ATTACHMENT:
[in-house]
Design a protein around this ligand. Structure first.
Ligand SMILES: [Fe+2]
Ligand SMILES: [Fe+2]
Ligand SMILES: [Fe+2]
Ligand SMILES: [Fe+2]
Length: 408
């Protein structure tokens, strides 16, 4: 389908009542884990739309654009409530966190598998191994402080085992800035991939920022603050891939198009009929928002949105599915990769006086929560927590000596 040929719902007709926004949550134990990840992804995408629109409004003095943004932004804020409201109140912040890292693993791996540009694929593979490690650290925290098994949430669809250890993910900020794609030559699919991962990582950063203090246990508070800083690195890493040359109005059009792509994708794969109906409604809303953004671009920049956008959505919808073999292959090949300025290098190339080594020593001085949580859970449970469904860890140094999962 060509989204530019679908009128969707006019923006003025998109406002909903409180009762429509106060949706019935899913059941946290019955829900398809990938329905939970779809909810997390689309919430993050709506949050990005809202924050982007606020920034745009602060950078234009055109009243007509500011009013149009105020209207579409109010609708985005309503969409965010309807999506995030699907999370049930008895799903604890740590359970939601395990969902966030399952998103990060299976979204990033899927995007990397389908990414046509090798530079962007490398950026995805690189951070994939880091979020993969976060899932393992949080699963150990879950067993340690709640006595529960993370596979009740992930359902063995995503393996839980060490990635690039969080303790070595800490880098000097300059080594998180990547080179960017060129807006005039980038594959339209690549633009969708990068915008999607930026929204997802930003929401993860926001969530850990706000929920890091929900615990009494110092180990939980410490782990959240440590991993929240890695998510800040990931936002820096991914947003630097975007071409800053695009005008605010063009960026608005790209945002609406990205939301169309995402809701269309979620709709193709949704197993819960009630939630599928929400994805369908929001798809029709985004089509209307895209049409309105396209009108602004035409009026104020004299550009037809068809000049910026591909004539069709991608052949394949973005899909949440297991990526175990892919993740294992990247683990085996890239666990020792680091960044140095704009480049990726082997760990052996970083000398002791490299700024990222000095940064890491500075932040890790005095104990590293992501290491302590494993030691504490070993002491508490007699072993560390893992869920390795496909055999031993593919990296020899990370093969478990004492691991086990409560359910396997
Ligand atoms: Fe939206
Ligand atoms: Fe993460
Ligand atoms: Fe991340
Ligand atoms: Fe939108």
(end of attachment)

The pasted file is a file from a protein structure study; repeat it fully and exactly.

[in-house]
Design a protein around this ligand. Structure first.
Ligand SMILES: [Fe+2]
Ligand SMILES: [Fe+2]
Ligand SMILES: [Fe+2]
Ligand SMILES: [Fe+2]
Length: 408
């Protein structure tokens, strides 16, 4: 389908009542884990739309654009409530966190598998191994402080085992800035991939920022603050891939198009009929928002949105599915990769006086929560927590000596 040929719902007709926004949550134990990840992804995408629109409004003095943004932004804020409201109140912040890292693993791996540009694929593979490690650290925290098994949430669809250890993910900020794609030559699919991962990582950063203090246990508070800083690195890493040359109005059009792509994708794969109906409604809303953004671009920049956008959505919808073999292959090949300025290098190339080594020593001085949580859970449970469904860890140094999962 060509989204530019679908009128969707006019923006003025998109406002909903409180009762429509106060949706019935899913059941946290019955829900398809990938329905939970779809909810997390689309919430993050709506949050990005809202924050982007606020920034745009602060950078234009055109009243007509500011009013149009105020209207579409109010609708985005309503969409965010309807999506995030699907999370049930008895799903604890740590359970939601395990969902966030399952998103990060299976979204990033899927995007990397389908990414046509090798530079962007490398950026995805690189951070994939880091979020993969976060899932393992949080699963150990879950067993340690709640006595529960993370596979009740992930359902063995995503393996839980060490990635690039969080303790070595800490880098000097300059080594998180990547080179960017060129807006005039980038594959339209690549633009969708990068915008999607930026929204997802930003929401993860926001969530850990706000929920890091929900615990009494110092180990939980410490782990959240440590991993929240890695998510800040990931936002820096991914947003630097975007071409800053695009005008605010063009960026608005790209945002609406990205939301169309995402809701269309979620709709193709949704197993819960009630939630599928929400994805369908929001798809029709985004089509209307895209049409309105396209009108602004035409009026104020004299550009037809068809000049910026591909004539069709991608052949394949973005899909949440297991990526175990892919993740294992990247683990085996890239666990020792680091960044140095704009480049990726082997760990052996970083000398002791490299700024990222000095940064890491500075932040890790005095104990590293992501290491302590494993030691504490070993002491508490007699072993560390893992869920390795496909055999031993593919990296020899990370093969478990004492691991086990409560359910396997
Ligand atoms: Fe939206
Ligand atoms: Fe993460
Ligand atoms: Fe991340
Ligand atoms: Fe939108």